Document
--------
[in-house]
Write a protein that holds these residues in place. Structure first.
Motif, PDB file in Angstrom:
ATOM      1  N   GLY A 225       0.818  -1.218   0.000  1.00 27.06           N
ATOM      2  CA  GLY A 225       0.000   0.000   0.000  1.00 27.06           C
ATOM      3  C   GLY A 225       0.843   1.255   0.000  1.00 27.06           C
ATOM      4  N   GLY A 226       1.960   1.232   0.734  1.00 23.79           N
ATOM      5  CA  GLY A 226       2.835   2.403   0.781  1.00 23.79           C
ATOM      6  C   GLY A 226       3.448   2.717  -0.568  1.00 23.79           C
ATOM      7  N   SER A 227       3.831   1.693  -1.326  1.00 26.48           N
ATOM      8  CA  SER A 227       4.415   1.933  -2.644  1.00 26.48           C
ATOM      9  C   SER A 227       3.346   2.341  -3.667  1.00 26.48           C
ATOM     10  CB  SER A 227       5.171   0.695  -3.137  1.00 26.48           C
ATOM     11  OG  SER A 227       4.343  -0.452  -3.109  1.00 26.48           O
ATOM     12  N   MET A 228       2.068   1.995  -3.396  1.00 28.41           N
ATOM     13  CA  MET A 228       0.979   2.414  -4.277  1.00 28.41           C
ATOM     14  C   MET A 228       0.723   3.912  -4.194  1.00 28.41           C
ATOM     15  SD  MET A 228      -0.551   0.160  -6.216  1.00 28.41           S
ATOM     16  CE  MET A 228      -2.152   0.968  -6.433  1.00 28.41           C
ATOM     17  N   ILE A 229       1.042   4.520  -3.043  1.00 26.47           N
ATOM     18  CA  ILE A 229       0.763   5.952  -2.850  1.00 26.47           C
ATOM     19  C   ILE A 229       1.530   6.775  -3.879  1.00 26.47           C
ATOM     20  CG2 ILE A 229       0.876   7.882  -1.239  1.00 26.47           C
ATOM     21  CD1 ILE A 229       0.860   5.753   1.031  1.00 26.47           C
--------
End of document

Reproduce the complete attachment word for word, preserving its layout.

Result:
[in-house]
Write a protein that holds these residues in place. Structure first.
Motif, PDB file in Angstrom:
ATOM      1  N   GLY A 225       0.818  -1.218   0.000  1.00 27.06           N
ATOM      2  CA  GLY A 225       0.000   0.000   0.000  1.00 27.06           C
ATOM      3  C   GLY A 225       0.843   1.255   0.000  1.00 27.06           C
ATOM      4  N   GLY A 226       1.960   1.232   0.734  1.00 23.79           N
ATOM      5  CA  GLY A 226       2.835   2.403   0.781  1.00 23.79           C
ATOM      6  C   GLY A 226       3.448   2.717  -0.568  1.00 23.79           C
ATOM      7  N   SER A 227       3.831   1.693  -1.326  1.00 26.48           N
ATOM      8  CA  SER A 227       4.415   1.933  -2.644  1.00 26.48           C
ATOM      9  C   SER A 227       3.346   2.341  -3.667  1.00 26.48           C
ATOM     10  CB  SER A 227       5.171   0.695  -3.137  1.00 26.48           C
ATOM     11  OG  SER A 227       4.343  -0.452  -3.109  1.00 26.48           O
ATOM     12  N   MET A 228       2.068   1.995  -3.396  1.00 28.41           N
ATOM     13  CA  MET A 228       0.979   2.414  -4.277  1.00 28.41           C
ATOM     14  C   MET A 228       0.723   3.912  -4.194  1.00 28.41           C
ATOM     15  SD  MET A 228      -0.551   0.160  -6.216  1.00 28.41           S
ATOM     16  CE  MET A 228      -2.152   0.968  -6.433  1.00 28.41           C
ATOM     17  N   ILE A 229       1.042   4.520  -3.043  1.00 26.47           N
ATOM     18  CA  ILE A 229       0.763   5.952  -2.850  1.00 26.47           C
ATOM     19  C   ILE A 229       1.530   6.775  -3.879  1.00 26.47           C
ATOM     20  CG2 ILE A 229       0.876   7.882  -1.239  1.00 26.47           C
ATOM     21  CD1 ILE A 229       0.860   5.753   1.031  1.00 26.47           C